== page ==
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When Truck Defects and Malfunction Lead to Accidents

Vehicular accidents remain a pressing issue all over the United States. While the number of motor vehicle crashes has declined in the recent years, the occurrence of such accidents continues to have grave impact on the lives of millions and millions of Americans.

Devastating wrecks are known to result in severe injuries and tragic fatalities. This is especially applicable to accidents where large trucks such as 18-wheelers and big rigs are involved. These vehicles overpower most of the others in the road by sheer size and weight. Any collision involving a large truck and a smaller vehicle can be expected to lead to some very dangerous outcomes. The Insurance Institute for Highway Safety or IIHS broke down the total 3,062 fatalities caused by large truck accidents accordingly: 2,410 of the victims were riding passenger vehicles, 586 were truck operators, and 557 of the victims were bicyclists, motorcyclists, or pedestrians.

There are many reasons as to truck accidents happen. Among the contributing factors are malfunctioning and defective parts. Large trucks make use of a combination of mechanical and computer systems to operate. Issues that occur in any of these two systems can cause very serious trouble for the operator and the other motorists sharing the road. Accidents can also happen when these large vehicles lack the required amount of upkeep to ensure that all the parts and systems are in order.

When it comes to accidents caused by truck defects and malfunction, it is the trucking companies that are held most accountable for any safety issue. It is, after all, understood that these companies and their operators are doing what they can to meet safety policies and regulations imposed by the government. Manufacturers of the malfunctioning or defective parts responsible can also be held equally liable. As a result, victims of large truck accidents should not hesitate to pursue legal action to receive just compensation.

Actonel – A Harmful Osteoporosis Drug

A pharmaceutical drug, otherwise called medicinal product, medicine or medication, is manufactured for purposes of medical diagnoses, prevention, treatment or cure of diseases. Three well-known FDA-approved medicines, under the class known as Bisphosphonate, are Fosamax, Actonel and Boniva – all for prevention and treatment of (post-menopausal) osteoporosis, a medical condition wherein bones turn fragile and brittle due to loss of tissue, an occurrence that usually results from deficiency in vitamin D, calcium or hormonal changes.

Women suffering from post-menopausal osteoporosis are prescribed with one of the three medicines mentioned to help decrease the fracture of bones in their body. In a test conducted, called the Fosamax Actonel Comparison Trial (FACT) trial, Fosamax edged Actonel in the manifestation of decrease in bone loss, seen through a substantial decrease in bone turnover and increases in mineralization.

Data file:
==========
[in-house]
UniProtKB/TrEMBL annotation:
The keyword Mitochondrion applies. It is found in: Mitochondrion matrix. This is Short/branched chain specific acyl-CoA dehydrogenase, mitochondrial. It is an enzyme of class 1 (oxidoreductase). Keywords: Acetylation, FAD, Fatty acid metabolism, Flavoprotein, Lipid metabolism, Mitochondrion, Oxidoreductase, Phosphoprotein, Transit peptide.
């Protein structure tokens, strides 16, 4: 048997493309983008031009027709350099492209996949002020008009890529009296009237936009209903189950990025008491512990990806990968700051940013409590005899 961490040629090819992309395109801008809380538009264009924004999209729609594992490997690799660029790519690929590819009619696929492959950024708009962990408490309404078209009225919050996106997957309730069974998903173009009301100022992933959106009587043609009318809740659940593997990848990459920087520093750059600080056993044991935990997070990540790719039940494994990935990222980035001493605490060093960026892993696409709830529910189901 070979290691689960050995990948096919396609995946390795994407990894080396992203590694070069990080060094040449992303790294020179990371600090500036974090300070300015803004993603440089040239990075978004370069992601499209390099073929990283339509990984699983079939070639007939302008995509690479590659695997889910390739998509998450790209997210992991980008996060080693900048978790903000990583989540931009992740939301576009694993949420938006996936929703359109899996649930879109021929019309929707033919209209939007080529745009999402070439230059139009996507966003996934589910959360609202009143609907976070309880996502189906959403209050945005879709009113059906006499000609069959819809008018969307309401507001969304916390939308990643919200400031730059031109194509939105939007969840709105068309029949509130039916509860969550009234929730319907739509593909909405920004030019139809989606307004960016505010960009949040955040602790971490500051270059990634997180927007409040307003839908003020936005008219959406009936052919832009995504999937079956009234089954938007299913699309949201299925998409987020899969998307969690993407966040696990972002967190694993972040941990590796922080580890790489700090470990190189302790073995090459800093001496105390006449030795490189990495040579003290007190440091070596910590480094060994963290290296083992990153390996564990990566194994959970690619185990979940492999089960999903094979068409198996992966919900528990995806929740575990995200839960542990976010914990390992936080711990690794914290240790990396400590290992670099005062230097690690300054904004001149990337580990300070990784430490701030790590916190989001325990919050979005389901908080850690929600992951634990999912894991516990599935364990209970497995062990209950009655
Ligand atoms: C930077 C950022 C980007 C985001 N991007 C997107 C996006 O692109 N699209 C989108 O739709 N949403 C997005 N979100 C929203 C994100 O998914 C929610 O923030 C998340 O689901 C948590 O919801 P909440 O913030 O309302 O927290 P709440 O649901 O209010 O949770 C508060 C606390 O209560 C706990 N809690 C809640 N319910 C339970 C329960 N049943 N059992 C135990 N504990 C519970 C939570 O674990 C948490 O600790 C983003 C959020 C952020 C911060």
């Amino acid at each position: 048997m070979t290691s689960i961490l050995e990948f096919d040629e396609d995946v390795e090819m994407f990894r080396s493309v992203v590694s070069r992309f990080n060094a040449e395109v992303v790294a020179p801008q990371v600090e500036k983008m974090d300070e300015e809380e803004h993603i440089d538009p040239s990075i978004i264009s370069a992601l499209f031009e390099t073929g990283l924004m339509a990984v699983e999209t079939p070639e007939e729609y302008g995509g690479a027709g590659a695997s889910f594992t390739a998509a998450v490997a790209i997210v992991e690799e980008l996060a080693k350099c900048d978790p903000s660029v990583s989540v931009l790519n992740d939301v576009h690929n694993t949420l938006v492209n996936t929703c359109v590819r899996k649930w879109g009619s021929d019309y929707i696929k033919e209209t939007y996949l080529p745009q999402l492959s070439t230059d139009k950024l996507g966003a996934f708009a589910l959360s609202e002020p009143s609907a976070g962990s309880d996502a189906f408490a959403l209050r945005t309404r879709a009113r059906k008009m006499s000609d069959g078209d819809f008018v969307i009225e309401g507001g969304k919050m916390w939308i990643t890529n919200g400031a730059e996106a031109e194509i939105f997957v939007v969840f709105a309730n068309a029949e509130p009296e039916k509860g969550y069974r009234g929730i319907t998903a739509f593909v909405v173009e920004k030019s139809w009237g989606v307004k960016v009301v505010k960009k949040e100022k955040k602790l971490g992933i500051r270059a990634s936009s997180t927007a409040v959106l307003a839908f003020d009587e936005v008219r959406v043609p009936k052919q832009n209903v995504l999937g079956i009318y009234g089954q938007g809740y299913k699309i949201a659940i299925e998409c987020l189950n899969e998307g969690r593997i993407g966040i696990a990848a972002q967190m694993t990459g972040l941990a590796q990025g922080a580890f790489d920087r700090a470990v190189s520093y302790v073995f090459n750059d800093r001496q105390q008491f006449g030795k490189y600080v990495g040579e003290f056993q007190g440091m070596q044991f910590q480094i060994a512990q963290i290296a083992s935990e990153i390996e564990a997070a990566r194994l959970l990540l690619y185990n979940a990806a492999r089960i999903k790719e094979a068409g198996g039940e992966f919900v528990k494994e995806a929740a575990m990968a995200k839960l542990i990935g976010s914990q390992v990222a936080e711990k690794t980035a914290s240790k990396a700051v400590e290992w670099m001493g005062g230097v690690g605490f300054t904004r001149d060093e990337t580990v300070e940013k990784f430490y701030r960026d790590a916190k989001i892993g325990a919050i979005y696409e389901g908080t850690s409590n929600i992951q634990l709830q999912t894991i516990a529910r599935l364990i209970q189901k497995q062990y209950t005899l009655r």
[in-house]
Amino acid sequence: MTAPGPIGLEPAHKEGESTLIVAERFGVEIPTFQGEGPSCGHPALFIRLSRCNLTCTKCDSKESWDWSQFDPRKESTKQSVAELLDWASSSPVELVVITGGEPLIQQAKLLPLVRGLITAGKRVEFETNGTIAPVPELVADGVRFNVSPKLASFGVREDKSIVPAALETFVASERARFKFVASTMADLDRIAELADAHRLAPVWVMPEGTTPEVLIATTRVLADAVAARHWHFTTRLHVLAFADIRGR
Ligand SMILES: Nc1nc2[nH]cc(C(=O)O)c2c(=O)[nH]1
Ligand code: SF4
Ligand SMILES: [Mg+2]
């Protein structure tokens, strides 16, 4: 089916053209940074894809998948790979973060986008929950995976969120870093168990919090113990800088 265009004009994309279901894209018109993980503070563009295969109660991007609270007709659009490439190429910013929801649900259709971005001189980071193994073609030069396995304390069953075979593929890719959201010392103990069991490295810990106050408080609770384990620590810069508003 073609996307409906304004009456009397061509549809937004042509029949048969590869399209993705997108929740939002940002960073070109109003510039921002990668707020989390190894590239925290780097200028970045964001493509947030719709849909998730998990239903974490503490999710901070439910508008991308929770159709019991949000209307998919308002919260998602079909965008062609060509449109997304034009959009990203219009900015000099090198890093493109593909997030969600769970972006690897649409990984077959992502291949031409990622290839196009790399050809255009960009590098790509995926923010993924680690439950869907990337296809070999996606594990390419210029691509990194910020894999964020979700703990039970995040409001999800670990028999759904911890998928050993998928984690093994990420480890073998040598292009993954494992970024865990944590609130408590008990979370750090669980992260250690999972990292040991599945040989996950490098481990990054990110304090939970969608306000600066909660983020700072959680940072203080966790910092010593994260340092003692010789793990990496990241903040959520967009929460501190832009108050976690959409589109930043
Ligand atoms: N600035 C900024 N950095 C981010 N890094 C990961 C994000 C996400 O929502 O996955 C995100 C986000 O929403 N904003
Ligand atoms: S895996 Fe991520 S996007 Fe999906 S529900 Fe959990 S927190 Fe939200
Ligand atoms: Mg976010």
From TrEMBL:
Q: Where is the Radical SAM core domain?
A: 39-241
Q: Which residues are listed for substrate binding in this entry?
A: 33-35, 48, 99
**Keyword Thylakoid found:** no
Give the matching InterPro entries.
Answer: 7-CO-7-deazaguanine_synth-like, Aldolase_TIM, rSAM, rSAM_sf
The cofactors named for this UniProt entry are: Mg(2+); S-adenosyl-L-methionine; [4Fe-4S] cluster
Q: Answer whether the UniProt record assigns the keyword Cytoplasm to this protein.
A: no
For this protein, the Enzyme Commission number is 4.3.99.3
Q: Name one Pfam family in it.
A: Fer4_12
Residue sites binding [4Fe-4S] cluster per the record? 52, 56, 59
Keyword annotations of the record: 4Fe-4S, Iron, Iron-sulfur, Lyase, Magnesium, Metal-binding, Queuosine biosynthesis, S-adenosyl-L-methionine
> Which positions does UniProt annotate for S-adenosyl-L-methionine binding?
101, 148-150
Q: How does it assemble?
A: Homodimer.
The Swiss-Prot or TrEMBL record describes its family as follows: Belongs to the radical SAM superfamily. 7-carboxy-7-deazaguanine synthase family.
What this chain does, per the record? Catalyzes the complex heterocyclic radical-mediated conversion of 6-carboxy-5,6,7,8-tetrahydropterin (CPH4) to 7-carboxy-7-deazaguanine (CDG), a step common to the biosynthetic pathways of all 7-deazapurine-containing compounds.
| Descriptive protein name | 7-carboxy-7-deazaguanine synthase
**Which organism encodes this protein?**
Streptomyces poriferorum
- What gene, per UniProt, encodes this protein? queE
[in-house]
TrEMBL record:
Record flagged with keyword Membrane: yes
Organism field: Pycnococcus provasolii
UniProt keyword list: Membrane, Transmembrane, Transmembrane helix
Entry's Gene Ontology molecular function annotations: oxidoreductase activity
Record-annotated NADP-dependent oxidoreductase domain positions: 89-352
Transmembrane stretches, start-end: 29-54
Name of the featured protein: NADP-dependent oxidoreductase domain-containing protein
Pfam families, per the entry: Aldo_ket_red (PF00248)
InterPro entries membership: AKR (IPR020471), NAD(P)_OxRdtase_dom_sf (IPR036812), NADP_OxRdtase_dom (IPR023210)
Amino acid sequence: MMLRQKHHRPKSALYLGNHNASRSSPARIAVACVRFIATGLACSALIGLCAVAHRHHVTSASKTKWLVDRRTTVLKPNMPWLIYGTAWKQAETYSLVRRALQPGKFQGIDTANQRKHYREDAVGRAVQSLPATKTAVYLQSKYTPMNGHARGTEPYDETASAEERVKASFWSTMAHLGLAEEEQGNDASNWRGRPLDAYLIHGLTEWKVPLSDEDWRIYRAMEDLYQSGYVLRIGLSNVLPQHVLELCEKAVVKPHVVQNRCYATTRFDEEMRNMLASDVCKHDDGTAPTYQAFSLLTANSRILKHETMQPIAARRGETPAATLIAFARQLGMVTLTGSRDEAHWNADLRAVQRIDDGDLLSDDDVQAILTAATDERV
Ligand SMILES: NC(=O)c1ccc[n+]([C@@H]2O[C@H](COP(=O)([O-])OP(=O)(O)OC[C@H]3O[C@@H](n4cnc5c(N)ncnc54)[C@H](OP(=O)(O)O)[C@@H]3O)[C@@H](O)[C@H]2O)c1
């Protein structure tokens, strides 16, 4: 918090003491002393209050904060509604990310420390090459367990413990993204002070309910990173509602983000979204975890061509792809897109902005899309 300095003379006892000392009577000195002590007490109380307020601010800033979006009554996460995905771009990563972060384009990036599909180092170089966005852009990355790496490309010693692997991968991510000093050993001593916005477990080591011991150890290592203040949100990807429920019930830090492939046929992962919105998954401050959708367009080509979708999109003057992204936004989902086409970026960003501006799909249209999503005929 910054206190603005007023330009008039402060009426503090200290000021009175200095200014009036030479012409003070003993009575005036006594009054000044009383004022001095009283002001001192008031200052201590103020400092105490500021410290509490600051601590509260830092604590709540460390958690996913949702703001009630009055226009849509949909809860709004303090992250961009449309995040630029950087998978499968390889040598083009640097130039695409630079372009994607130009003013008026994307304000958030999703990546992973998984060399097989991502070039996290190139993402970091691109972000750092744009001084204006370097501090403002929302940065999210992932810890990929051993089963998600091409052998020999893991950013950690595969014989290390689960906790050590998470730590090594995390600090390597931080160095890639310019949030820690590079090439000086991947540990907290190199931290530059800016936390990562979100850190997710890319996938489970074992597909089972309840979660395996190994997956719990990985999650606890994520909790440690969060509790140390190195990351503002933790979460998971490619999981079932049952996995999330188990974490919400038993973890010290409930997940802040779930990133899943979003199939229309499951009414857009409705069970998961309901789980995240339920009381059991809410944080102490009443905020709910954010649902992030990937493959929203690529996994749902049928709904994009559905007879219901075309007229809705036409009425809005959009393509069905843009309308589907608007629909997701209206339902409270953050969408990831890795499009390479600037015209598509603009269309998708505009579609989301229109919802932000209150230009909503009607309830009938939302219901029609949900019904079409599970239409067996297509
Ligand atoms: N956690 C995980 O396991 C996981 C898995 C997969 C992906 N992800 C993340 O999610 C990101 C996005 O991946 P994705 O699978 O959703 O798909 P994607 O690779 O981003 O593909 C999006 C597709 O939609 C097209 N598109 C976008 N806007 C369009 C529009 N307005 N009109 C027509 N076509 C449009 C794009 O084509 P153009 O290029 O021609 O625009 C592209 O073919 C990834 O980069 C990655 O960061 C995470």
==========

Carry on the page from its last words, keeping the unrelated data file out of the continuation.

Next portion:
Another study was conducted, though, which compared the performance and effectivity of the three drugs. The study showed that, while Boniva and Fosamax manifested desired results (that is, decrease of bone fractures) after two years of use, Actonel proved effective only after a year of intake, enabling researchers to confidently say that Actonel works much faster.

The result of this last study has only reassured University of Cincinnati Bone Health and Osteoporosis Center director Nelson B. Watts, MD and Women’s Health Center at The Cleveland Clinic director Holly Thacker, MD, in their decision of to prescribe Actonel over any other drug for treatment of osteoporosis.

In January of 2008, the US Food and Drug Administration issued a health alert, stating the possible risk associated with the use of bisphosphonates. These risks included serious bone, muscle and/or joint pains which may incapacitate a patient. Thus, use of any of the bisphosphonate drugs necessitated both physician and patient to fully understand the benefits and possible side-effects of the drugs.

Actonel, in particular, despite its benefits, is known to cause certain serious side-effects, such as femur fractures, rashes, skin reactions, hypersensitivity and osteonecrosis of the jaw. Actonel (with the generic name Risedronate sodium) was approved for distribution on March 27, 1998; it is manufactured by Procter & Gamble.

One side-effect caused by Actonel, which has resulted to lawsuits is Femur Fracture.